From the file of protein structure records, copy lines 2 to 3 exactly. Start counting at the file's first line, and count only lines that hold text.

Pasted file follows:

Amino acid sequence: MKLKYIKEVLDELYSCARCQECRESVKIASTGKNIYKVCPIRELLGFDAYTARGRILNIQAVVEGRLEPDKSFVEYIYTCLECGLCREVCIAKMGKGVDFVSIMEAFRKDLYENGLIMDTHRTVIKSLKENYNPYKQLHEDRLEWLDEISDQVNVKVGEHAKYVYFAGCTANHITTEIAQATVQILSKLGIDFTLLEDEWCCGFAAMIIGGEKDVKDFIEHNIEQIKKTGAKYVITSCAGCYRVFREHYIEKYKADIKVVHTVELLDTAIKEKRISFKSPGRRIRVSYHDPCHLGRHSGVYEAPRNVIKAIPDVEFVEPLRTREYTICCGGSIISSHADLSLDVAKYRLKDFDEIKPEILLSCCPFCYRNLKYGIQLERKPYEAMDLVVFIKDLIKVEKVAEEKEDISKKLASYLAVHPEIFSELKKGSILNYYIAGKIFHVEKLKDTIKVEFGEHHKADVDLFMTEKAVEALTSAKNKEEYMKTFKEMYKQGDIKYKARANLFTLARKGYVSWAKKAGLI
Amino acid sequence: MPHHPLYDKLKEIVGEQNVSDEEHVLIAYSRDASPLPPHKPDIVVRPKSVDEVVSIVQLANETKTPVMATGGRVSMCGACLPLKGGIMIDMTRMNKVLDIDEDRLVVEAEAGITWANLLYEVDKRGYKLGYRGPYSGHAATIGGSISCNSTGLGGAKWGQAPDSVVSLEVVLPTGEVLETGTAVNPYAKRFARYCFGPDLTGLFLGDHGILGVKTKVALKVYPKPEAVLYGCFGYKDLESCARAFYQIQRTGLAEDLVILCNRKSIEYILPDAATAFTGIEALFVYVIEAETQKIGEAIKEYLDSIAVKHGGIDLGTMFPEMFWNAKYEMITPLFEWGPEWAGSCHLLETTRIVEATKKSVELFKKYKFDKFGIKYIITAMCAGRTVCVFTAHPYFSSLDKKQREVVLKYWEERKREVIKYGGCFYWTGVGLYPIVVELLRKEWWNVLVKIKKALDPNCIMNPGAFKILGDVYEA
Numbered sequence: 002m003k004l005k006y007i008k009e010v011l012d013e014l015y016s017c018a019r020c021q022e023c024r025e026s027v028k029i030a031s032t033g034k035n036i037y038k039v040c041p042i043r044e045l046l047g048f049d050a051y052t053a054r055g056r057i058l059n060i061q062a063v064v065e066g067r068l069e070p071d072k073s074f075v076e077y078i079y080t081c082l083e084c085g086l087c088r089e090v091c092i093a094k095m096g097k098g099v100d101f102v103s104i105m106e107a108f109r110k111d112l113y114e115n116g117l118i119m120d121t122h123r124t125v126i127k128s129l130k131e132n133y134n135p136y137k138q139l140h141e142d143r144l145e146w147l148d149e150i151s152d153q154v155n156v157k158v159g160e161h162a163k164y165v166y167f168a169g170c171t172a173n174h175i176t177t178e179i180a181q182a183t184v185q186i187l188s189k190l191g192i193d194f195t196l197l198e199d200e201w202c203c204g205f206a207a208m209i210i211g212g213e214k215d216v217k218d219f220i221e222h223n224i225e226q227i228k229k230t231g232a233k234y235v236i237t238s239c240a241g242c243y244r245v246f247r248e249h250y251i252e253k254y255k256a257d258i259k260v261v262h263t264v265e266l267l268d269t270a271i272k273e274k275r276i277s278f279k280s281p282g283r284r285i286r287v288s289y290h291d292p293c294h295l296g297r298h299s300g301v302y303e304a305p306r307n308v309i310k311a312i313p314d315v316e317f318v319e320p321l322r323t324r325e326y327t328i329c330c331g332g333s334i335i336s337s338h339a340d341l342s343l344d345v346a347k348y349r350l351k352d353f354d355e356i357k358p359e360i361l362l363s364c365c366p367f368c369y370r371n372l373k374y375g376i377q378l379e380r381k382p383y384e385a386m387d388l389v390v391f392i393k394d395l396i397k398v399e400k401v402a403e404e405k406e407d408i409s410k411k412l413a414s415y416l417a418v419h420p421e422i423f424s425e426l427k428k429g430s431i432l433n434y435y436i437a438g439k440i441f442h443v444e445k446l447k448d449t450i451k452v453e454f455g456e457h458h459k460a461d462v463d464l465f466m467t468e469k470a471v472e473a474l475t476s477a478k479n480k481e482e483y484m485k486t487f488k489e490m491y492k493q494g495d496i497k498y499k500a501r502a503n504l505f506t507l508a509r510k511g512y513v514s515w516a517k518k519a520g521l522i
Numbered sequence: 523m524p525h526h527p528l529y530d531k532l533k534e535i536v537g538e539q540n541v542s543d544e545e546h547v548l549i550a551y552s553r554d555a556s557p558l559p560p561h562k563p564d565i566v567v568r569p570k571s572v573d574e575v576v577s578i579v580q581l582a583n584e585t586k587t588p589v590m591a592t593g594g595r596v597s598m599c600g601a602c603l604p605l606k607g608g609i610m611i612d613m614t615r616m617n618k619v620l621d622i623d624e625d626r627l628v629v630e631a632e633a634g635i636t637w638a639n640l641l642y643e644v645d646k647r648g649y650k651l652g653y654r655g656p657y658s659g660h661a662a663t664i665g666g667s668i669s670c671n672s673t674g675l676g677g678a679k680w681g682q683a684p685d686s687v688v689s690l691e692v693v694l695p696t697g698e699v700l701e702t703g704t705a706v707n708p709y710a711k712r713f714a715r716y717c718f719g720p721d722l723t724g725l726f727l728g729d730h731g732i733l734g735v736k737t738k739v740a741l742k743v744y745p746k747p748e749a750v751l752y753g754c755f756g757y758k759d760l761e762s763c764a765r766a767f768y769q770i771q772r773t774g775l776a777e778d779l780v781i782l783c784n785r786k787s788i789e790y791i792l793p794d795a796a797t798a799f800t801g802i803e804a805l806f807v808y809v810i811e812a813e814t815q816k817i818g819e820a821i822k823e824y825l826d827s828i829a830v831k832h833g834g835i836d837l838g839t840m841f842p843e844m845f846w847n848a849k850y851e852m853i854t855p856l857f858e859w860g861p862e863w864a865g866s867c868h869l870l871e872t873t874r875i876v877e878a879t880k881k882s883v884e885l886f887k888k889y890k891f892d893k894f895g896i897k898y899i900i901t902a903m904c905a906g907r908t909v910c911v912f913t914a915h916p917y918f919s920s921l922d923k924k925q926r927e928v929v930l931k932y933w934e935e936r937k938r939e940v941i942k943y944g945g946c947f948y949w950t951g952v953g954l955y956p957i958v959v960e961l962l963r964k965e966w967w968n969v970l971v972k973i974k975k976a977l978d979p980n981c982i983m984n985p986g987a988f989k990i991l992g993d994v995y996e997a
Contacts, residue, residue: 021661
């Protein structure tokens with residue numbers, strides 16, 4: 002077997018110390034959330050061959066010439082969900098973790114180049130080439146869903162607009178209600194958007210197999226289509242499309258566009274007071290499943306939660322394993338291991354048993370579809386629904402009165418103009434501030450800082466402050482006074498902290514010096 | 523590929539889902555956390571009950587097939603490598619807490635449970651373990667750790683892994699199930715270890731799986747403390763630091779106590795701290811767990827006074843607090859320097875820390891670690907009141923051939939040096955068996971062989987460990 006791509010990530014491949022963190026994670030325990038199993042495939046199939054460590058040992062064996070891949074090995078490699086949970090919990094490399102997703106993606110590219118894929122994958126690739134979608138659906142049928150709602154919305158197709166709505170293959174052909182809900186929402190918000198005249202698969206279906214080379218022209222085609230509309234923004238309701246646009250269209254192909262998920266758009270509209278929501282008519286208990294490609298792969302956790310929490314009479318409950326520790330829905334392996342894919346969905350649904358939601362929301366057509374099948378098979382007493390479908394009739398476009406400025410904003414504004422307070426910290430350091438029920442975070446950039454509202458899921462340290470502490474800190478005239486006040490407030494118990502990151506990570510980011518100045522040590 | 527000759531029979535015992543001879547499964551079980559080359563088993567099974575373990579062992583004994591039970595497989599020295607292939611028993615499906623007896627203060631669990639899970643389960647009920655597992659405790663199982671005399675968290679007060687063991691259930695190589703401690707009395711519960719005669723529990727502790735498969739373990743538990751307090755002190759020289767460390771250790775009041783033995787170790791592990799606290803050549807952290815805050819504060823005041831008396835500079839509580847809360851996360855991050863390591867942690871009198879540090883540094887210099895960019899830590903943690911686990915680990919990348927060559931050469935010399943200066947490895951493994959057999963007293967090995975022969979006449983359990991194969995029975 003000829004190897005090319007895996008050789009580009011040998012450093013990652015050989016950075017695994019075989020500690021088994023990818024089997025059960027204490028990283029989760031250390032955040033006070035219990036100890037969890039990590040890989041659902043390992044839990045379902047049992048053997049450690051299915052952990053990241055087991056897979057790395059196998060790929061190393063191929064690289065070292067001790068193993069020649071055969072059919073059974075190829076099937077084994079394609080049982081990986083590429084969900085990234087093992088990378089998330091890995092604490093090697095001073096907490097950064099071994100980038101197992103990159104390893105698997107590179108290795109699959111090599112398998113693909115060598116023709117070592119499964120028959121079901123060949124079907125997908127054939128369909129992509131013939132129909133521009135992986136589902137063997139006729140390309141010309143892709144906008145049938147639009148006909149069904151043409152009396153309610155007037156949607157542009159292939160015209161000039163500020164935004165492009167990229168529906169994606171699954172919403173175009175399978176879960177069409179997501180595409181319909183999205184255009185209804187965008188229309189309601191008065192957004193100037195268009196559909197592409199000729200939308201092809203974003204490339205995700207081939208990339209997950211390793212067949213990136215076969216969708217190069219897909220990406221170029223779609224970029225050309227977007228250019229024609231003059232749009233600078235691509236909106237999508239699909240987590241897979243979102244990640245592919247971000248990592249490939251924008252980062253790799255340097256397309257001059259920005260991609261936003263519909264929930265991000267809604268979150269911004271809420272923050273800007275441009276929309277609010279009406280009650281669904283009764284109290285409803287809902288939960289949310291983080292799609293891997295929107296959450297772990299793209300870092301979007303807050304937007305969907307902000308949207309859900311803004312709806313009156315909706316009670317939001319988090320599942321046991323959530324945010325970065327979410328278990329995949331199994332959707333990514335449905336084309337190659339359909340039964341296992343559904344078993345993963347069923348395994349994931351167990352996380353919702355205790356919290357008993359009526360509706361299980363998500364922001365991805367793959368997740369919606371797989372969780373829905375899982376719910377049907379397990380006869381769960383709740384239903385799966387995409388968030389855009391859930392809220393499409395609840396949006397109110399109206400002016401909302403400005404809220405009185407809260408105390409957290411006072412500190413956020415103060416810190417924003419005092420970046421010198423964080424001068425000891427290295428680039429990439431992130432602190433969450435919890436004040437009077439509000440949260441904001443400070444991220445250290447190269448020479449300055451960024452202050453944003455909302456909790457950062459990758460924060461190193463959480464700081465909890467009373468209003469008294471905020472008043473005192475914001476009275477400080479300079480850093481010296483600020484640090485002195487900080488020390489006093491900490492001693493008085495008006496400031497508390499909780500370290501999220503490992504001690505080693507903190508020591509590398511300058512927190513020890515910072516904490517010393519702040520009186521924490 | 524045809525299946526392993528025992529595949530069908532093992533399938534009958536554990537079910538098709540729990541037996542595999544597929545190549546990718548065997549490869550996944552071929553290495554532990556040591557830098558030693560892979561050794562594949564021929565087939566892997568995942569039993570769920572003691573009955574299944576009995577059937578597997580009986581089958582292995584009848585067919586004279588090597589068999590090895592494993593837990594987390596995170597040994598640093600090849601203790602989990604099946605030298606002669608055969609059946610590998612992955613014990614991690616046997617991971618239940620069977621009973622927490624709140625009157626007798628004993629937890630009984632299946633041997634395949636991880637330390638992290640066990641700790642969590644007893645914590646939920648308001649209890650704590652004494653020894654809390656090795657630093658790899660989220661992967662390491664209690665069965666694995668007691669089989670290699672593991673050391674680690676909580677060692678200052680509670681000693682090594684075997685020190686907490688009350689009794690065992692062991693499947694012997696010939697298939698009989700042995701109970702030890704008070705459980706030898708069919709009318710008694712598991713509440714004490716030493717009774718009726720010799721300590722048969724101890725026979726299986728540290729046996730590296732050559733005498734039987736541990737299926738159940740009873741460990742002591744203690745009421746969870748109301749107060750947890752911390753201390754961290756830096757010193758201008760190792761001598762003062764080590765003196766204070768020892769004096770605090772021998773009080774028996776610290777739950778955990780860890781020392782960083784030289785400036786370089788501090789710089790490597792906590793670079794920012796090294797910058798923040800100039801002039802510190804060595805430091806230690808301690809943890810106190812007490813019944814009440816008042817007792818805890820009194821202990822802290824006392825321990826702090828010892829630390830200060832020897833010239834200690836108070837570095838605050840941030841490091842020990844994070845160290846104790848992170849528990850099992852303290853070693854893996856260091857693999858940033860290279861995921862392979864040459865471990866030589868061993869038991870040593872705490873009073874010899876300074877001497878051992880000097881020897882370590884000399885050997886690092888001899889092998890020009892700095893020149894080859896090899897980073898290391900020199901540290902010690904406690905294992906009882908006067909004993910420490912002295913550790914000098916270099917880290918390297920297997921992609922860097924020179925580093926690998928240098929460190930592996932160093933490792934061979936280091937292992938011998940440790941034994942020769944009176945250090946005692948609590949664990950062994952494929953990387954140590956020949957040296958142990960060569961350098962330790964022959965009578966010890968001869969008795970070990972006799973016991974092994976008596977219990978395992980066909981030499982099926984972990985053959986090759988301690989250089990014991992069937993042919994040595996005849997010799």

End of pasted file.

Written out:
Amino acid sequence: MPHHPLYDKLKEIVGEQNVSDEEHVLIAYSRDASPLPPHKPDIVVRPKSVDEVVSIVQLANETKTPVMATGGRVSMCGACLPLKGGIMIDMTRMNKVLDIDEDRLVVEAEAGITWANLLYEVDKRGYKLGYRGPYSGHAATIGGSISCNSTGLGGAKWGQAPDSVVSLEVVLPTGEVLETGTAVNPYAKRFARYCFGPDLTGLFLGDHGILGVKTKVALKVYPKPEAVLYGCFGYKDLESCARAFYQIQRTGLAEDLVILCNRKSIEYILPDAATAFTGIEALFVYVIEAETQKIGEAIKEYLDSIAVKHGGIDLGTMFPEMFWNAKYEMITPLFEWGPEWAGSCHLLETTRIVEATKKSVELFKKYKFDKFGIKYIITAMCAGRTVCVFTAHPYFSSLDKKQREVVLKYWEERKREVIKYGGCFYWTGVGLYPIVVELLRKEWWNVLVKIKKALDPNCIMNPGAFKILGDVYEA
Numbered sequence: 002m003k004l005k006y007i008k009e010v011l012d013e014l015y016s017c018a019r020c021q022e023c024r025e026s027v028k029i030a031s032t033g034k035n036i037y038k039v040c041p042i043r044e045l046l047g048f049d050a051y052t053a054r055g056r057i058l059n060i061q062a063v064v065e066g067r068l069e070p071d072k073s074f075v076e077y078i079y080t081c082l083e084c085g086l087c088r089e090v091c092i093a094k095m096g097k098g099v100d101f102v103s104i105m106e107a108f109r110k111d112l113y114e115n116g117l118i119m120d121t122h123r124t125v126i127k128s129l130k131e132n133y134n135p136y137k138q139l140h141e142d143r144l145e146w147l148d149e150i151s152d153q154v155n156v157k158v159g160e161h162a163k164y165v166y167f168a169g170c171t172a173n174h175i176t177t178e179i180a181q182a183t184v185q186i187l188s189k190l191g192i193d194f195t196l197l198e199d200e201w202c203c204g205f206a207a208m209i210i211g212g213e214k215d216v217k218d219f220i221e222h223n224i225e226q227i228k229k230t231g232a233k234y235v236i237t238s239c240a241g242c243y244r245v246f247r248e249h250y251i252e253k254y255k256a257d258i259k260v261v262h263t264v265e266l267l268d269t270a271i272k273e274k275r276i277s278f279k280s281p282g283r284r285i286r287v288s289y290h291d292p293c294h295l296g297r298h299s300g301v302y303e304a305p306r307n308v309i310k311a312i313p314d315v316e317f318v319e320p321l322r323t324r325e326y327t328i329c330c331g332g333s334i335i336s337s338h339a340d341l342s343l344d345v346a347k348y349r350l351k352d353f354d355e356i357k358p359e360i361l362l363s364c365c366p367f368c369y370r371n372l373k374y375g376i377q378l379e380r381k382p383y384e385a386m387d388l389v390v391f392i393k394d395l396i397k398v399e400k401v402a403e404e405k406e407d408i409s410k411k412l413a414s415y416l417a418v419h420p421e422i423f424s425e426l427k428k429g430s431i432l433n434y435y436i437a438g439k440i441f442h443v444e445k446l447k448d449t450i451k452v453e454f455g456e457h458h459k460a461d462v463d464l465f466m467t468e469k470a471v472e473a474l475t476s477a478k479n480k481e482e483y484m485k486t487f488k489e490m491y492k493q494g495d496i497k498y499k500a501r502a503n504l505f506t507l508a509r510k511g512y513v514s515w516a517k518k519a520g521l522i